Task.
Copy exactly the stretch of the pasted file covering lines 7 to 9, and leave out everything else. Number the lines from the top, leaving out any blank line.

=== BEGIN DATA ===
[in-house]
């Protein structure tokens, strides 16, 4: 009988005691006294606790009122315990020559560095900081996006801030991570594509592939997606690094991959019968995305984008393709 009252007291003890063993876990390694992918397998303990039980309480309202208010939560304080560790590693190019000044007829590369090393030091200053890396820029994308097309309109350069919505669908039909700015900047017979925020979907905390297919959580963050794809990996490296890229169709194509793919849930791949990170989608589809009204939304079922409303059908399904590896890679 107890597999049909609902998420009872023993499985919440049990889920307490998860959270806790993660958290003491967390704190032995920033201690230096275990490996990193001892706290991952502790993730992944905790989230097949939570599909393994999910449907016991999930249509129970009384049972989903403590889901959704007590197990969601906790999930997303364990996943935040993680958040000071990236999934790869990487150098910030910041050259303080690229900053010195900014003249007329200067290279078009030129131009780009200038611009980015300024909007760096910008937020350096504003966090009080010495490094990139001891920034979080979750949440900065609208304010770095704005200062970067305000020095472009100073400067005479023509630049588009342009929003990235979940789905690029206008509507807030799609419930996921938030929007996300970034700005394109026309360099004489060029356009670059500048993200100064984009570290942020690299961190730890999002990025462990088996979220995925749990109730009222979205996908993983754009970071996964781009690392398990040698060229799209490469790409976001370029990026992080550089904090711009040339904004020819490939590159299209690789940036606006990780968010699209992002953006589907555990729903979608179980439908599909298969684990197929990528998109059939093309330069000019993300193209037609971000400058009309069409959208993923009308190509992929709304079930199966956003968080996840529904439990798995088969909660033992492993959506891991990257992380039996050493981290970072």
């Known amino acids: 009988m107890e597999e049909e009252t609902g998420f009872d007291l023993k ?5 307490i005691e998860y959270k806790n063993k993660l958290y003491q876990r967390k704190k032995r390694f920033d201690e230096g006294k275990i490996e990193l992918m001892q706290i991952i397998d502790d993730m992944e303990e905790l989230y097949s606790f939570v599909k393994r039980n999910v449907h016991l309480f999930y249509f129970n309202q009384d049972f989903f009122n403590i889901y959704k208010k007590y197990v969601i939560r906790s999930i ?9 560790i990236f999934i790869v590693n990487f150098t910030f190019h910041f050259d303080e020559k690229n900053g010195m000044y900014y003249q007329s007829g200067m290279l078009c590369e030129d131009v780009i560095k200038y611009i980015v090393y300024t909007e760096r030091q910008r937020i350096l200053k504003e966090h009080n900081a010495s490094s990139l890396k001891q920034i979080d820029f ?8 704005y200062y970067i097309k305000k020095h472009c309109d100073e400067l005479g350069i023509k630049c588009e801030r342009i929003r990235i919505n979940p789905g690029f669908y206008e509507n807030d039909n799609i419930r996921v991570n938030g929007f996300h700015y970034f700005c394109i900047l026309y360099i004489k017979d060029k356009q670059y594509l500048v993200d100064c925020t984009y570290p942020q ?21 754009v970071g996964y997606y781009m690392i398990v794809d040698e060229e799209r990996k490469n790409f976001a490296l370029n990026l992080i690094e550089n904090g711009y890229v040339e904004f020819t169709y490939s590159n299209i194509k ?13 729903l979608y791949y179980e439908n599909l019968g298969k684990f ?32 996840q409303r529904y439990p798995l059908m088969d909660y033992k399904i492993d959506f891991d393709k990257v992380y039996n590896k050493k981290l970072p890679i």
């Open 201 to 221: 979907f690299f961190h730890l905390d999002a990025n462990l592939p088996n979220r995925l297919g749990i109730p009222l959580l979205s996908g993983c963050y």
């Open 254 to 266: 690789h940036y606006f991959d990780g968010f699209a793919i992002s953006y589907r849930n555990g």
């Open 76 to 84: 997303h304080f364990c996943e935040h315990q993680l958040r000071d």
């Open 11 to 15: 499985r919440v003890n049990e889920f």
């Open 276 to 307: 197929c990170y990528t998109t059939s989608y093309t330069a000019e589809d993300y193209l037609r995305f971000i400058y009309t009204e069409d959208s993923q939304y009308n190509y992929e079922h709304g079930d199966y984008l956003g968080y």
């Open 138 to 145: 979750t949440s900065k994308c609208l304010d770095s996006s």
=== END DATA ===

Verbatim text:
């Open 11 to 15: 499985r919440v003890n049990e889920f």
């Open 276 to 307: 197929c990170y990528t998109t059939s989608y093309t330069a000019e589809d993300y193209l037609r995305f971000i400058y009309t009204e069409d959208s993923q939304y009308n190509y992929e079922h709304g079930d199966y984008l956003g968080y």
């Open 138 to 145: 979750t949440s900065k994308c609208l304010d770095s996006s």